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|State||Citation||Question||Brief answer||Language from the opinion||When does the case apply?|
|Michigan||People v. Jackson, 483 Mich. 271, 769 N.W.2d 630 (2009)||
Under state constitutional or statutory law, what are the minimum requirements for a constitutionally adequate ability-to-pay determination? Include any guidance about the substantive standards to apply, the burden of proof,+ See more
the sources of information that should be considered, and the timing of the determination (i.e. before imposition, before enforcement action, only if incarceration is threatened).
|Defendant is not entitled to an assessment of ability to pay fee for court-appointed attorney until the imposition of the fee is enforced||
Indeed, whenever a trial court attempts to enforce its imposition of a fee for a court-appointed attorney under MCL 769.1k, the defendant must be advised of this enforcement action and+ See more
be given an opportunity to contest the enforcement on the basis of his indigency. Thus, trial courts should not entertain defendants' ability-to-pay-based challenges to the imposition of fees until enforcement of that imposition has begun. . . . The operative question for any such evaluation will be whether a defendant **643 is indigent and unable to pay at that time or whether forced payment would work a manifest hardship on the defendant at that time.
|Ability to pay|
|Michigan||People v. Cunningham, 496 Mich. 145, 147, 852 N.W.2d 118, 120 (2014)||Imposing costs beyond those specified in statute||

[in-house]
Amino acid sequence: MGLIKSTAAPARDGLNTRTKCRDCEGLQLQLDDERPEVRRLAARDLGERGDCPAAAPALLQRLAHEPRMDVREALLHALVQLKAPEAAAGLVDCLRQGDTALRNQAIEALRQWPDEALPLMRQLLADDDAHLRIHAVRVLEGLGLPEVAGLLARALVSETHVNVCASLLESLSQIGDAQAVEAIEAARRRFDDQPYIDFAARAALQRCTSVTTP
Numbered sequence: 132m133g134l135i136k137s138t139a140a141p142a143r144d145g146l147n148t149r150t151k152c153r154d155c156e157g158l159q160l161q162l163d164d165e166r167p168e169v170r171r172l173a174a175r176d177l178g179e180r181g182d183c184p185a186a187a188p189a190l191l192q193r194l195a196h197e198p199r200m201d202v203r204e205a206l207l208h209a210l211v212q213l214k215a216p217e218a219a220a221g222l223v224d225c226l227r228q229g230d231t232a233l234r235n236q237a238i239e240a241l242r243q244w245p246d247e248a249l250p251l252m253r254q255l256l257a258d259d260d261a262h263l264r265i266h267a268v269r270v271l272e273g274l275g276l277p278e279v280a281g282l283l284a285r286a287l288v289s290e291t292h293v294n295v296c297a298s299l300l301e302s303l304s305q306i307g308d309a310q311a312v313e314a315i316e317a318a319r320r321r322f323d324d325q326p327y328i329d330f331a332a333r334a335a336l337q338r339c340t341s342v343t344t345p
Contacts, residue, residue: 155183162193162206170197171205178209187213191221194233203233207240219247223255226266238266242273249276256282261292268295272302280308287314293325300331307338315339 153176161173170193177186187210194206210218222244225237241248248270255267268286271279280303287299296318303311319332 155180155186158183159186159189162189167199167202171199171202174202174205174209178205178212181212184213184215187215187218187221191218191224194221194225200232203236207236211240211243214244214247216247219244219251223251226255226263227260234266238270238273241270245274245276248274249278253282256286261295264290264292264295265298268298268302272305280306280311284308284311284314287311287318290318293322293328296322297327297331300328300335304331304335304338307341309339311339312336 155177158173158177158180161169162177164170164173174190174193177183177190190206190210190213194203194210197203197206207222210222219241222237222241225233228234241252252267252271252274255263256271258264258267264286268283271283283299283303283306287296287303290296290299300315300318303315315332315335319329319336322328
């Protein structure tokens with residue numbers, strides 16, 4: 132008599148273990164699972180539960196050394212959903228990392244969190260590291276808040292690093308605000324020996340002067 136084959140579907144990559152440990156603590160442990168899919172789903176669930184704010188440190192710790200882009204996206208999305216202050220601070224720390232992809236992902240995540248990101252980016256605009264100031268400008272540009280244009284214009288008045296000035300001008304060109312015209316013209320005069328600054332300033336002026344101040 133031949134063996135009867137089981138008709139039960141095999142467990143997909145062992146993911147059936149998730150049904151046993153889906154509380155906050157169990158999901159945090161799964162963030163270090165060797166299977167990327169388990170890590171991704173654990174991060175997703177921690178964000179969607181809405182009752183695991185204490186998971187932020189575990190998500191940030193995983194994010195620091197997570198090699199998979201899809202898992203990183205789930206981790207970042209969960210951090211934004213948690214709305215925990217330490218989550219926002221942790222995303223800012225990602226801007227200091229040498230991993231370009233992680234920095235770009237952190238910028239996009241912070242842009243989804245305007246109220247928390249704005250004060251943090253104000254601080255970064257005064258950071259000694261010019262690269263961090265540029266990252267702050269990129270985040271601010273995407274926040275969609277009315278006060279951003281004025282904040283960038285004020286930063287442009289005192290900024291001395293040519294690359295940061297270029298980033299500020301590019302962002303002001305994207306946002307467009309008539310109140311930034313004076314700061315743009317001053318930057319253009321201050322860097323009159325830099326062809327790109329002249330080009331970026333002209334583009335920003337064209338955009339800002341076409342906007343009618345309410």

The authority to impose criminal costs is statutory. Statute stating that if defendant is guilty, court may impose any cost in addition to the minimum state cost, does not provide+ See more
courts with the independent authority to impose any costs upon defendants, and instead, statute provides courts with authority to impose only those costs that the Legislature has separately authorized by statute.
“The right of the court to impose costs in a criminal case is statutory.” . . . . Thus, courts may impose costs in criminal cases only where such costs+ See more
are authorized by statute. In a variety of circumstances, the Legislature has chosen to provide courts with the authority to impose costs. For instance, with regard to certain offenses, courts may require criminal defendants to pay the “costs of prosecution.” . . . we conclude that MCL 769.1k (1)(b)(ii ) does not provide courts with the independent authority to impose “any cost.” Instead, we hold that MCL 769.1k(1)(b)(ii ) provides courts with the authority to impose only those costs that the Legislature has separately authorized by statute.